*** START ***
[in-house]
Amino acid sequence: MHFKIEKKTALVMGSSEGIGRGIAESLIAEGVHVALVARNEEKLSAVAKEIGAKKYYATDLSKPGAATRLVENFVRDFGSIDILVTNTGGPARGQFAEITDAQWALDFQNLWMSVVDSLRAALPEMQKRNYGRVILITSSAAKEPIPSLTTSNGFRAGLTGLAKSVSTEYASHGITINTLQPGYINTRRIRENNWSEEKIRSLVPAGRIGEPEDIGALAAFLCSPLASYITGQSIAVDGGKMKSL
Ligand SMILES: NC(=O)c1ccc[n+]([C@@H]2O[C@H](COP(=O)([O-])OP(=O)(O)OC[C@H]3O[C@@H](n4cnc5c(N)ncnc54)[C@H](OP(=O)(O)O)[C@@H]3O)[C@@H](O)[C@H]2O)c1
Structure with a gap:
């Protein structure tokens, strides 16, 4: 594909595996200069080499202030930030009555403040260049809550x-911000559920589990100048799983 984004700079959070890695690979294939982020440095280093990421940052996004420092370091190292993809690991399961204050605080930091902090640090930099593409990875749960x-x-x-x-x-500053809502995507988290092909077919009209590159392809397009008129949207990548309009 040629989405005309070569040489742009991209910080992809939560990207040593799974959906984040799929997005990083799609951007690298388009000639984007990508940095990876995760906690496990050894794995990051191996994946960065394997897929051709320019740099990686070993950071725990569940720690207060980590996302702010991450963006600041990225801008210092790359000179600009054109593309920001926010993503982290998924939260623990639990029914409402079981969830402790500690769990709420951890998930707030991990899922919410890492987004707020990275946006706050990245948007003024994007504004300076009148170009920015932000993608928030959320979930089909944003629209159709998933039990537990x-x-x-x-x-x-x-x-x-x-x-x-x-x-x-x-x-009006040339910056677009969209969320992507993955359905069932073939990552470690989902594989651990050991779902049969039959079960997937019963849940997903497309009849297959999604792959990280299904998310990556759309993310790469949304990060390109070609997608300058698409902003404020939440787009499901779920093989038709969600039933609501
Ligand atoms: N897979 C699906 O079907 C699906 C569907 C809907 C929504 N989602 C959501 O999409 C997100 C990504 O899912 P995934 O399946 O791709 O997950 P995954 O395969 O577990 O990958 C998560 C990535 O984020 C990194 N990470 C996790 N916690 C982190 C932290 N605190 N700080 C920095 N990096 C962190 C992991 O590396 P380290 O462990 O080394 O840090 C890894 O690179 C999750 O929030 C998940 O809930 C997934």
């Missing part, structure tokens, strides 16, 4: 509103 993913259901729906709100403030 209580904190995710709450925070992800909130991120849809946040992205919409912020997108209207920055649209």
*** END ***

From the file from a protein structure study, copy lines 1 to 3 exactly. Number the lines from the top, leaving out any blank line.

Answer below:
[in-house]
Amino acid sequence: MHFKIEKKTALVMGSSEGIGRGIAESLIAEGVHVALVARNEEKLSAVAKEIGAKKYYATDLSKPGAATRLVENFVRDFGSIDILVTNTGGPARGQFAEITDAQWALDFQNLWMSVVDSLRAALPEMQKRNYGRVILITSSAAKEPIPSLTTSNGFRAGLTGLAKSVSTEYASHGITINTLQPGYINTRRIRENNWSEEKIRSLVPAGRIGEPEDIGALAAFLCSPLASYITGQSIAVDGGKMKSL
Ligand SMILES: NC(=O)c1ccc[n+]([C@@H]2O[C@H](COP(=O)([O-])OP(=O)(O)OC[C@H]3O[C@@H](n4cnc5c(N)ncnc54)[C@H](OP(=O)(O)O)[C@@H]3O)[C@@H](O)[C@H]2O)c1